“She’s totally true to the spirit of the era” Mask of the Red Panda writer Gregg Taylor discusses how to write the perfect female sidekick (and also get the girl)
The idea of a masked crime fighting detective with a teenage sidekick is well established so how do you keep it fresh? And what what do you think the Panda brings to the genre that’s different and new?
GT: Well, first of all, the Flying Squirrel is not actually a teenager. It might seem that way because she isn’t spilling out of her costume and tripping over her own anatomy, but that was a consious choice not to betray an awful lot of listeners, many of them young girls who love Kit Baxter, by turning her into the usual zero-gravity-stripper that comic books still favor. In fact… let’s see, we mentioned in a radio episode that she was sidekick by twenty-one, so at the point in the continuity where Mask of the Red Panda is set, she’d be about twenty-two, I guess. She is of an entirely different class than her Boss though, and that’s a big factor in the relationship between them. Remember, this is the Great Depression. People haven’t yet convinced themselves that they are all middle class. August Fenwick is obscenly rich and Kit Baxter is from a working-class background, at a time where that mattered even more than it does today. That’s the key to their relationship at this point in their story, and the thing that makes it work is the fact that we never forget that this is actually supposed to be an adventure story, and anything that is going to happen is going to be teased out, over a long period of time, in the spaces between battles between good and evil.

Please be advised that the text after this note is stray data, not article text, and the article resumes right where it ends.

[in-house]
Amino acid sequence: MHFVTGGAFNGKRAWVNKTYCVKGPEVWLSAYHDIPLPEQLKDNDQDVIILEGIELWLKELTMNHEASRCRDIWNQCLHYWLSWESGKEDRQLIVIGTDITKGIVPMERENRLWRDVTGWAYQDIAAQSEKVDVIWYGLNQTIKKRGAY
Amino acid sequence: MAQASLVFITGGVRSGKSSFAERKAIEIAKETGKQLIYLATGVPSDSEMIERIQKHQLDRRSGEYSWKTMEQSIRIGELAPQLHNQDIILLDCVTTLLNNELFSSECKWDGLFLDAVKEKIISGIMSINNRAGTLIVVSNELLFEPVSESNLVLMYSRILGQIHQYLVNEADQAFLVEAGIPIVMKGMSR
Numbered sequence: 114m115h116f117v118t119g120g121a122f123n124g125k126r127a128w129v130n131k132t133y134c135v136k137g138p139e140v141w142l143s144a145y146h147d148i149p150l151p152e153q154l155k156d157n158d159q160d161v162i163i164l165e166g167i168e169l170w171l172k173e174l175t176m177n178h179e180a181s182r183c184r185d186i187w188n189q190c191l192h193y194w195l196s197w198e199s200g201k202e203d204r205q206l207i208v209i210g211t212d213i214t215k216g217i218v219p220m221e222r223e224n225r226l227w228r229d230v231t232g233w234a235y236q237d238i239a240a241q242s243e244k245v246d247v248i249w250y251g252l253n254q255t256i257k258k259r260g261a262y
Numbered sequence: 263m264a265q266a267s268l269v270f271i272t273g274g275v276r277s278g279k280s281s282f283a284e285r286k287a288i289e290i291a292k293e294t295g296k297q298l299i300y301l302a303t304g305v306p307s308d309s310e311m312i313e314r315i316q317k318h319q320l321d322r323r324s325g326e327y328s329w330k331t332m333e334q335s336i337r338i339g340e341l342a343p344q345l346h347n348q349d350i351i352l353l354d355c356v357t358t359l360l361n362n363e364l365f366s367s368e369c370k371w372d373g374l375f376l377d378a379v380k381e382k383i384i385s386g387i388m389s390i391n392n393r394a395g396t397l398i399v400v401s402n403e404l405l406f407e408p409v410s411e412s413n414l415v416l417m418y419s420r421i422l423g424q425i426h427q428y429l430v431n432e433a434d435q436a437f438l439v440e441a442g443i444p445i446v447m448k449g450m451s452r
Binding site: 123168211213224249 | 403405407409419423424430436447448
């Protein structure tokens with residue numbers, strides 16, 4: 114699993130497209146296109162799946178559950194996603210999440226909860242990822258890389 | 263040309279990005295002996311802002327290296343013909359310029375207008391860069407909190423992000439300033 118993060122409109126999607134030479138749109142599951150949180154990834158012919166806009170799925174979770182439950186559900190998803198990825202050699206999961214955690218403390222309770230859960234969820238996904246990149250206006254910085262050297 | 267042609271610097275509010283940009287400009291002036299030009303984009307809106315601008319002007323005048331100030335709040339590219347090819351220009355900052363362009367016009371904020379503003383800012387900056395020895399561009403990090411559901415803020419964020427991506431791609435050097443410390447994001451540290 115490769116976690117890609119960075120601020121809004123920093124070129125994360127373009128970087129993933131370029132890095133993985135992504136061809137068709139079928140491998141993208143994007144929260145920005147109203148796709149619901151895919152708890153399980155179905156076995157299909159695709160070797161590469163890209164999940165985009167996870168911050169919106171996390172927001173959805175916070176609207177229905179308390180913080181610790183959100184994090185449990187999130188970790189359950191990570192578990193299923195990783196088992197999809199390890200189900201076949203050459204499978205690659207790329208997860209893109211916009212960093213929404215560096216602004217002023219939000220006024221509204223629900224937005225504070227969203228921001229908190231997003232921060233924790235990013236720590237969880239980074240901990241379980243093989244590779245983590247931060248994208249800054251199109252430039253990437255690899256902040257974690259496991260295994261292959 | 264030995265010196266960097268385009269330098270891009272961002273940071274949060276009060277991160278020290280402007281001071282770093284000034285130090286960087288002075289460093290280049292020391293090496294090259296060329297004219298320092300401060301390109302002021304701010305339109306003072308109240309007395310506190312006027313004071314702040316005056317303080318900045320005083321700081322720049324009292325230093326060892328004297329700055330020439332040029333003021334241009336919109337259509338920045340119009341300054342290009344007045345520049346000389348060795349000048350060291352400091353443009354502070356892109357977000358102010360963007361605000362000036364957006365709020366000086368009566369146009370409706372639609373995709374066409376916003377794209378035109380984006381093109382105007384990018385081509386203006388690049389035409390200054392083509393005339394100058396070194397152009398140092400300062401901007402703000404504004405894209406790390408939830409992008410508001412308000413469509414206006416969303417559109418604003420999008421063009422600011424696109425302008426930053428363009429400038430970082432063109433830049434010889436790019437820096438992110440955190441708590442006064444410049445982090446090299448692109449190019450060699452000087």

I love the magical elements you bring in, are they based on anything or anyone’s writing in particular and why do you think that period has such a strong association with the occult?
GT: Really, for me it goes back to Raiders of the Lost Ark, though now I know of course that Indy was simply drawing on influences of his own. It does feel a little bit like the era where the last of the old magic in the world faded away, to be replaced by the science of man. (In fact, in the Red Panda‘s world, this is exactly what happens, but that is a story for another day) There is still this sense of wonder and the unknown or unknowable in stories of that era, it makes them a joy to enter, both as a writer and as a reader.